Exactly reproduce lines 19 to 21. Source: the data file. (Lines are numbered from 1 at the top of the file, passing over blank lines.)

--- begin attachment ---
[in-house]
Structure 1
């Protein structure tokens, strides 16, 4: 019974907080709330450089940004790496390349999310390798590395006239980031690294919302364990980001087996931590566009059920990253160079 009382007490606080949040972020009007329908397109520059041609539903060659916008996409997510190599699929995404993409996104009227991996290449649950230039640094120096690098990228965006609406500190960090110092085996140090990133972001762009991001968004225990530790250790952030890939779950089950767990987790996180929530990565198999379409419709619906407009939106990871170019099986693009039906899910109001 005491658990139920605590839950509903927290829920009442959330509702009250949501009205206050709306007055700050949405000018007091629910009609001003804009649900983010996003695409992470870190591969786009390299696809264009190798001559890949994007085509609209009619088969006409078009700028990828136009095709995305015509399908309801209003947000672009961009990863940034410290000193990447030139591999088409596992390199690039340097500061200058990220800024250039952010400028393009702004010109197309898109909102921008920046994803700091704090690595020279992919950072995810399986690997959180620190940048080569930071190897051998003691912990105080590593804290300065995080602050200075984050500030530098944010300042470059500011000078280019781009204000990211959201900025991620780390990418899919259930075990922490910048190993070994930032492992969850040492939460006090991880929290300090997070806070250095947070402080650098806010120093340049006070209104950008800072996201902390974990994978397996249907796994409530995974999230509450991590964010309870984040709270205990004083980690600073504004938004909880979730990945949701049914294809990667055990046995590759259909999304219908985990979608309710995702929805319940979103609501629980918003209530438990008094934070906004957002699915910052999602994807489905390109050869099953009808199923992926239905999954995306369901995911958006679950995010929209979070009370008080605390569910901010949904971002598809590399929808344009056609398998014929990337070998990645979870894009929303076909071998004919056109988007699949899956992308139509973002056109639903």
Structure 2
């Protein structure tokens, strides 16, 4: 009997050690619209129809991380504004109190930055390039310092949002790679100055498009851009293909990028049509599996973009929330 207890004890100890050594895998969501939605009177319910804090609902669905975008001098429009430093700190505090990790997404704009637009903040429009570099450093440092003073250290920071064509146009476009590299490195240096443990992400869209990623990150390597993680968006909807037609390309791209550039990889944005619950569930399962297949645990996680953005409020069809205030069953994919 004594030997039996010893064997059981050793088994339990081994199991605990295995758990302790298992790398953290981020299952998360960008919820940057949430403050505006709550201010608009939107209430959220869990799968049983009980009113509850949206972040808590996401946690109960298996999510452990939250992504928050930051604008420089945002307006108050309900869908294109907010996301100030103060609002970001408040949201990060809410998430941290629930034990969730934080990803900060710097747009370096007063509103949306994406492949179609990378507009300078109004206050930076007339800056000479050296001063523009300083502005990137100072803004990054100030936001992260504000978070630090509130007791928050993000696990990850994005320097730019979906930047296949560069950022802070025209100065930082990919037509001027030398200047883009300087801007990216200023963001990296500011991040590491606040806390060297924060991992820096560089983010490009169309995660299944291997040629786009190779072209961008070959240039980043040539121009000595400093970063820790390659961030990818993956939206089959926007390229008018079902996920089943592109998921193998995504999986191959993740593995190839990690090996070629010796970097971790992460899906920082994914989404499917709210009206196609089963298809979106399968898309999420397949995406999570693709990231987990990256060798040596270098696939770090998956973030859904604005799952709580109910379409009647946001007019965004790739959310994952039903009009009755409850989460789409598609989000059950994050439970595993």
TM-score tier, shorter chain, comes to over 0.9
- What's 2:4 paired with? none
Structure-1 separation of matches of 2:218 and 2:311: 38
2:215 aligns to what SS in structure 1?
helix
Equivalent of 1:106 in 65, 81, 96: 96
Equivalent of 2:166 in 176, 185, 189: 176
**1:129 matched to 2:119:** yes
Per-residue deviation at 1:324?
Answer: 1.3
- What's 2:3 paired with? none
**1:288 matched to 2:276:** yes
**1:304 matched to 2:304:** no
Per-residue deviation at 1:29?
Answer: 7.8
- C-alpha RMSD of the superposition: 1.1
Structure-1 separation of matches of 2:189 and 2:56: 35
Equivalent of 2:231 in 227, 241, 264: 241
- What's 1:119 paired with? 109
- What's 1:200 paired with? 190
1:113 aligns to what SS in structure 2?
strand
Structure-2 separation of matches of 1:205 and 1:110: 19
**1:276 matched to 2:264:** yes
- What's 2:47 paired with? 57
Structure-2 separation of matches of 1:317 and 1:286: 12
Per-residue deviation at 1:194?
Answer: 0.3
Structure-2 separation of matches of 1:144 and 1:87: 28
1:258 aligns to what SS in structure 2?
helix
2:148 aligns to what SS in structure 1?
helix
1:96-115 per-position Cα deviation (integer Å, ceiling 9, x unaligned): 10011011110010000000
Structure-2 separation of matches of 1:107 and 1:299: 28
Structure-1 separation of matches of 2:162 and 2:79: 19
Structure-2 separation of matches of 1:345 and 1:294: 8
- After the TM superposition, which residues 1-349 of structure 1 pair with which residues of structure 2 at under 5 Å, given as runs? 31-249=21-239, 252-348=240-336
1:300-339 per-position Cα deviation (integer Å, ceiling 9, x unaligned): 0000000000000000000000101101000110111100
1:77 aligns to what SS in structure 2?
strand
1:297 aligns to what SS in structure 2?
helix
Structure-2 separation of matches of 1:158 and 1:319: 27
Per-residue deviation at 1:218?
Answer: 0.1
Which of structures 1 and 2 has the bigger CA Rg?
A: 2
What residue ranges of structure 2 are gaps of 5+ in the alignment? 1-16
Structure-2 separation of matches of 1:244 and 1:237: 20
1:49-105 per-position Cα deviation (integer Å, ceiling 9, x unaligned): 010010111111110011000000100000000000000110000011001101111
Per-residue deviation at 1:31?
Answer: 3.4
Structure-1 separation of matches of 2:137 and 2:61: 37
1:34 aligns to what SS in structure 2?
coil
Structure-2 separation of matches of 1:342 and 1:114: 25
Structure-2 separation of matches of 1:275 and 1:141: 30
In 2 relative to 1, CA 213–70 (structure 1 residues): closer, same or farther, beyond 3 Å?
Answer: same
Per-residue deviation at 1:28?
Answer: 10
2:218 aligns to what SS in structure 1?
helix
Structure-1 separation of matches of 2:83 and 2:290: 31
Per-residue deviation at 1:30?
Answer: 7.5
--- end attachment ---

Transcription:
Per-residue deviation at 1:29?
Answer: 7.8
- C-alpha RMSD of the superposition: 1.1